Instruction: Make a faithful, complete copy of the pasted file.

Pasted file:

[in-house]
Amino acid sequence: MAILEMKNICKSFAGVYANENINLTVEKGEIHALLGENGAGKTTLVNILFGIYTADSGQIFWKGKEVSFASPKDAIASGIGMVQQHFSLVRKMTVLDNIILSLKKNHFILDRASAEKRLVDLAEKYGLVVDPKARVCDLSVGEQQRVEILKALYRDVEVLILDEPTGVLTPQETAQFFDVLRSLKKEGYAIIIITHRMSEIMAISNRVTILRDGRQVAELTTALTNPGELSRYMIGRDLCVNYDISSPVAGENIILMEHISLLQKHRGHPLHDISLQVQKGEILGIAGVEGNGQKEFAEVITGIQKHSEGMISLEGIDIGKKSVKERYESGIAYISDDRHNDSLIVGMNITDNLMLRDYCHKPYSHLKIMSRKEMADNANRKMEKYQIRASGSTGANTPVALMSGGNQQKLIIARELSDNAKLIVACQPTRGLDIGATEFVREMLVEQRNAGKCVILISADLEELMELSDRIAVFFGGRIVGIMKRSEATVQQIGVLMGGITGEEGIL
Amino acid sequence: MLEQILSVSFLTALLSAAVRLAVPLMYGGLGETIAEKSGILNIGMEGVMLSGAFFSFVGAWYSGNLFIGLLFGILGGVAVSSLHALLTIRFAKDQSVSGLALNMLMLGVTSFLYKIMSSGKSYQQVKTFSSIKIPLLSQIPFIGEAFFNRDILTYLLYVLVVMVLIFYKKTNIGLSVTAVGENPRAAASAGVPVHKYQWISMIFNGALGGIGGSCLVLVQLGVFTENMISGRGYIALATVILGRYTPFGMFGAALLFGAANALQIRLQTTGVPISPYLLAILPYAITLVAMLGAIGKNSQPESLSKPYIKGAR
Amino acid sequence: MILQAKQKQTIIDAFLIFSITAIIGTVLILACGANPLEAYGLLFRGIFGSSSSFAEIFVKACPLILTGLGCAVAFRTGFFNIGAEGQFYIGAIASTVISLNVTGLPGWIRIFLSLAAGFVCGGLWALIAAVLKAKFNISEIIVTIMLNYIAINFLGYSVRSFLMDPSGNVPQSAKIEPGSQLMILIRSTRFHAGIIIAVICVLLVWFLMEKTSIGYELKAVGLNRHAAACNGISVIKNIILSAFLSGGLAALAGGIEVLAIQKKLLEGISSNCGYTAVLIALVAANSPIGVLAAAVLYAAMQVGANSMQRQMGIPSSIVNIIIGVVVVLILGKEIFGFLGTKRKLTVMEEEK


[in-house]
Amino acid sequence: MAILEMKNICKSFAGVYANENINLTVEKGEIHALLGENGAGKTTLVNILFGIYTADSGQIFWKGKEVSFASPKDAIASGIGMVQQHFSLVRKMTVLDNIILSLKKNHFILDRASAEKRLVDLAEKYGLVVDPKARVCDLSVGEQQRVEILKALYRDVEVLILDEPTGVLTPQETAQFFDVLRSLKKEGYAIIIITHRMSEIMAISNRVTILRDGRQVAELTTALTNPGELSRYMIGRDLCVNYDISSPVAGENIILMEHISLLQKHRGHPLHDISLQVQKGEILGIAGVEGNGQKEFAEVITGIQKHSEGMISLEGIDIGKKSVKERYESGIAYISDDRHNDSLIVGMNITDNLMLRDYCHKPYSHLKIMSRKEMADNANRKMEKYQIRASGSTGANTPVALMSGGNQQKLIIARELSDNAKLIVACQPTRGLDIGATEFVREMLVEQRNAGKCVILISADLEELMELSDRIAVFFGGRIVGIMKRSEATVQQIGVLMGGITGEEGIL
Amino acid sequence: MLEQILSVSFLTALLSAAVRLAVPLMYGGLGETIAEKSGILNIGMEGVMLSGAFFSFVGAWYSGNLFIGLLFGILGGVAVSSLHALLTIRFAKDQSVSGLALNMLMLGVTSFLYKIMSSGKSYQQVKTFSSIKIPLLSQIPFIGEAFFNRDILTYLLYVLVVMVLIFYKKTNIGLSVTAVGENPRAAASAGVPVHKYQWISMIFNGALGGIGGSCLVLVQLGVFTENMISGRGYIALATVILGRYTPFGMFGAALLFGAANALQIRLQTTGVPISPYLLAILPYAITLVAMLGAIGKNSQPESLSKPYIKGAR
Amino acid sequence: MILQAKQKQTIIDAFLIFSITAIIGTVLILACGANPLEAYGLLFRGIFGSSSSFAEIFVKACPLILTGLGCAVAFRTGFFNIGAEGQFYIGAIASTVISLNVTGLPGWIRIFLSLAAGFVCGGLWALIAAVLKAKFNISEIIVTIMLNYIAINFLGYSVRSFLMDPSGNVPQSAKIEPGSQLMILIRSTRFHAGIIIAVICVLLVWFLMEKTSIGYELKAVGLNRHAAACNGISVIKNIILSAFLSGGLAALAGGIEVLAIQKKLLEGISSNCGYTAVLIALVAANSPIGVLAAAVLYAAMQVGANSMQRQMGIPSSIVNIIIGVVVVLILGKEIFGFLGTKRKLTVMEEEK